Filed in Webcomic review

I must admit that Thursday’s El Goonish Shive had me snickering. I’m sure we’ve all heard that tired old axiom of “kids shouldn’t drink coffee because it’ll stunt their growth.” It’s a favorite saying by coffee-greedy parents unwilling to share the dark elixer of life. So when a bleary-eyed Grace asked for a cup before her first day of school, I was expecting Mr. Verres’s traditional response.

At which point Grace points out that she’s an 18-year-old shapeshifter. It’s a moot point, and one that Mr. Verres readily accepts. Cute, but that’s not what’s snicker-worthy. No, it’s what happens when Tedd shows up, equally-bleary-eyed and also requesting coffee… and gets turned down with the same tired axiom. Tedd’s response, “You’re barely taller than me,” only gets his dad to extoll his son to drink lots of milk. Now that was the icing on the cake, though I kind of doubt even an extra gallon of milk a day would help Tedd grow taller….


I’m going to be honest here. Pastel Defender Heliotrope deserves another full tangent from me, not just a Secant. But seeing that the story has maybe a chapter to go before it ends, I figured I’d wait on that. Jennifer Diane Reitz has a tradition of creating comics that have multiple levels of meaning; her classic story Unicorn Jelly is perhaps one of the greatest completed works on the web to date. The latest twists for PDH however are truly fascinating. I mean… what does it mean to be alive? What is existence? What shapes a person’s essence, their soul? And if you took that essence… their memories and thoughts and behaviors, and moved them into another body, would they still be who they were? Or would they be someone different?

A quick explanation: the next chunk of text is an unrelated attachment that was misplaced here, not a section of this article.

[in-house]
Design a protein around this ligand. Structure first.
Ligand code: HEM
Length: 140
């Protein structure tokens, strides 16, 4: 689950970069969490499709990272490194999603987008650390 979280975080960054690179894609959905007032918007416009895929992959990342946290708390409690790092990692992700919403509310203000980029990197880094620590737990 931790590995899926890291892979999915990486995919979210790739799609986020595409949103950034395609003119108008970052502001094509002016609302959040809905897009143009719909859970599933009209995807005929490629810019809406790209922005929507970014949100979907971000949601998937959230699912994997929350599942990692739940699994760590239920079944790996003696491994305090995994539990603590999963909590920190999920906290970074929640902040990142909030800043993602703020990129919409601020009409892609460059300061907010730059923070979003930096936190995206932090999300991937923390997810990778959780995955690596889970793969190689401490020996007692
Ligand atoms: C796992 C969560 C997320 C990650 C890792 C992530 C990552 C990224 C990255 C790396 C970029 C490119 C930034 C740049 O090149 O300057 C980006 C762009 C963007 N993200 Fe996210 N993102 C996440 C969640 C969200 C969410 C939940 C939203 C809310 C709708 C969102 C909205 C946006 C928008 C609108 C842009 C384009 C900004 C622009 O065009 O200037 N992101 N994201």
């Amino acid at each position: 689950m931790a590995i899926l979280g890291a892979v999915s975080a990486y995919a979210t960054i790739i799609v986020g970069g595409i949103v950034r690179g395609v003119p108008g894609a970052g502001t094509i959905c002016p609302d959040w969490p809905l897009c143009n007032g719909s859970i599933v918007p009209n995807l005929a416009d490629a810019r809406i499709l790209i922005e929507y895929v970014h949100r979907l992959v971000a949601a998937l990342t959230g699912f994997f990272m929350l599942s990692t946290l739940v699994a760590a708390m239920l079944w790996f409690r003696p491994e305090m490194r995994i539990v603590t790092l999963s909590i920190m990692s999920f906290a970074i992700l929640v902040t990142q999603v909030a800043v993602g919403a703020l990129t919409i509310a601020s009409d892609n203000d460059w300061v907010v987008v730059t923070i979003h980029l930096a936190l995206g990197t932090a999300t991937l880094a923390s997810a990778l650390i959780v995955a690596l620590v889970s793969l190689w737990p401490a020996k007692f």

Perhaps one of the greatest things a writer can do is create a work of art that makes people think and consider these hard questions. Far too often webcomics tend to go for the quick joke or storylines that border on the cliche. In that, they’re not much different than most literature, but because of their graphic format they’re not looked upon seriously. PDH is one of the few comics out there that transcend their medium. It isn’t a comic. It is a work of literature that easily could be taught in a forward-thinking college class, examining levels of meaning that perhaps even Reitz hasn’t considered yet.